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Hoffmann, R. A wiki for the life sciences where authorship matters. Nature Genetics (2008)

Functional effects of replacing human alpha- and beta-globins with their embryonic globin homologues in defined haemoglobin heterotetramers.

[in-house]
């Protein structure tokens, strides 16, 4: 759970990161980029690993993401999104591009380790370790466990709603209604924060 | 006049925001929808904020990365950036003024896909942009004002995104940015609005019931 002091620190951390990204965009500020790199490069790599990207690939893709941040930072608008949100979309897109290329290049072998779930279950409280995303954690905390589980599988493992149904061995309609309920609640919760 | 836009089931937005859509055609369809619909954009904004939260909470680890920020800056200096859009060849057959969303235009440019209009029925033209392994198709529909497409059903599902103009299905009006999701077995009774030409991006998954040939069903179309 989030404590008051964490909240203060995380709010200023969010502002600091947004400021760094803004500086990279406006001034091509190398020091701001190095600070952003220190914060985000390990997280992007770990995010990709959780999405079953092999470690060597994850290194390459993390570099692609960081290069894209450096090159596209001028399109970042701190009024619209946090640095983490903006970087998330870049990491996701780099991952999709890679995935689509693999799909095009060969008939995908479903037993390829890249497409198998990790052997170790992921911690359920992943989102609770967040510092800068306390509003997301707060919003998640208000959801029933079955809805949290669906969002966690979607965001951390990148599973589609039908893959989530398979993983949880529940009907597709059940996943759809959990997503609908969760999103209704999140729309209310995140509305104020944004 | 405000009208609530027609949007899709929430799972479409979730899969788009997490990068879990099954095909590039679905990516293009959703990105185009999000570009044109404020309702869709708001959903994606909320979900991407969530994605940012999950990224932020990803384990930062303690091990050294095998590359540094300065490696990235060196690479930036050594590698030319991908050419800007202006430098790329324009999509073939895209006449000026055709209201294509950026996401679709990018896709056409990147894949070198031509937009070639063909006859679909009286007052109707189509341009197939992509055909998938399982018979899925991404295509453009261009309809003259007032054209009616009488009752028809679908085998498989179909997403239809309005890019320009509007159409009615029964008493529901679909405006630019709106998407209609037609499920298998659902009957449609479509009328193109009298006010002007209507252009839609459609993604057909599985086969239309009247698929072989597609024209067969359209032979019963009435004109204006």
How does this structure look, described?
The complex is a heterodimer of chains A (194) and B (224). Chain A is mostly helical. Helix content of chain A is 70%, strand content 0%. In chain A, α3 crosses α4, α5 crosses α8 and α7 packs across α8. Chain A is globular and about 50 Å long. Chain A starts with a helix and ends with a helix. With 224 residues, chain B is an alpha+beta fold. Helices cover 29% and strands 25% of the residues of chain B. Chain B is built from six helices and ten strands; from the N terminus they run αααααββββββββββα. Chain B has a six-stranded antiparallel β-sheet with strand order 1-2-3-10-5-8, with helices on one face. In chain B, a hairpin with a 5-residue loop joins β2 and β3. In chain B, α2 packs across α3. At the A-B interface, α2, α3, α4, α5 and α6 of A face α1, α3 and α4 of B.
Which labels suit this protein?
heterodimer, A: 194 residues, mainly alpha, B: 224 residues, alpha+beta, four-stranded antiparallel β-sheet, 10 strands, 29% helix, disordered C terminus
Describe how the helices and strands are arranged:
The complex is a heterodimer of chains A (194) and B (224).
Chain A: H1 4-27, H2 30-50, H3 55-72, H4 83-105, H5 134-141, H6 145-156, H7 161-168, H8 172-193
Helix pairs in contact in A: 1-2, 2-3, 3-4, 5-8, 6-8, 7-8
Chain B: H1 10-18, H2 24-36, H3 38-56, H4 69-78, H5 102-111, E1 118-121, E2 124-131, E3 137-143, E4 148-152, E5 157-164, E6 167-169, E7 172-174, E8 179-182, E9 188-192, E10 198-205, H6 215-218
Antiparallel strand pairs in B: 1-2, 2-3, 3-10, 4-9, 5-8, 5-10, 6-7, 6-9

Embryonic- and adult-stage globin subunits assemble into haemoglobin (Hb) heterotetramers that are expressed at low levels throughout human intrauterine development. These haemoglobins differ from adult Hb A (alpha2beta2) by the substitution of embryonic zeta for adult alpha globin (Hb zeta2beta2), or embryonic epsilon for adult beta globin (Hb alpha2epsilon2). Several key physiological properties of these 'semiembryonic' haemoglobins remain undefined, as ethical and methodological considerations have limited their availability from both human sources and conventional expression systems. The current study attempts to estimate how the physiological properties of semiembryonic and adult haemoglobins may differ, by determining whether the O2-binding characteristics of hybrid human/mouse haemoglobins change when human alpha- or beta-globin subunits are replaced by human embryonic zeta- or epsilon-globin subunits respectively. Each of the four human globins is expressed in transgenic mice that are nullizygous for either the endogenous mouse alpha- or beta-globin genes, resulting in the high-level expression of haemoglobins that can be studied either in situ in intact erythrocytes or in vitro. We showed that the exchange of human zeta-globin for human alpha-globin chains increased haemoglobin O2 affinity, both in the presence and in the absence of 2, 3-bisphosphoglycerate (2,3-BPG), and reduced the pH-dependent shift in its oxygen equilibrium curve (Bohr effect). By comparison, hybrid haemoglobins containing either human epsilon-globin or human beta-globin exhibited nearly identical O2-binding properties, both in situ and in vitro, regardless of 2,3-BPG levels or ambient pH. Neither the zeta-for-alpha nor the epsilon-for-beta substitutions substantially altered binding affinity for 2,3-BPG or cooperativity between globin subunits. These studies suggest that semiembryonic haemoglobins that assemble entirely from human subunits may exhibit properties that are similar to those of human Hb A.[1]


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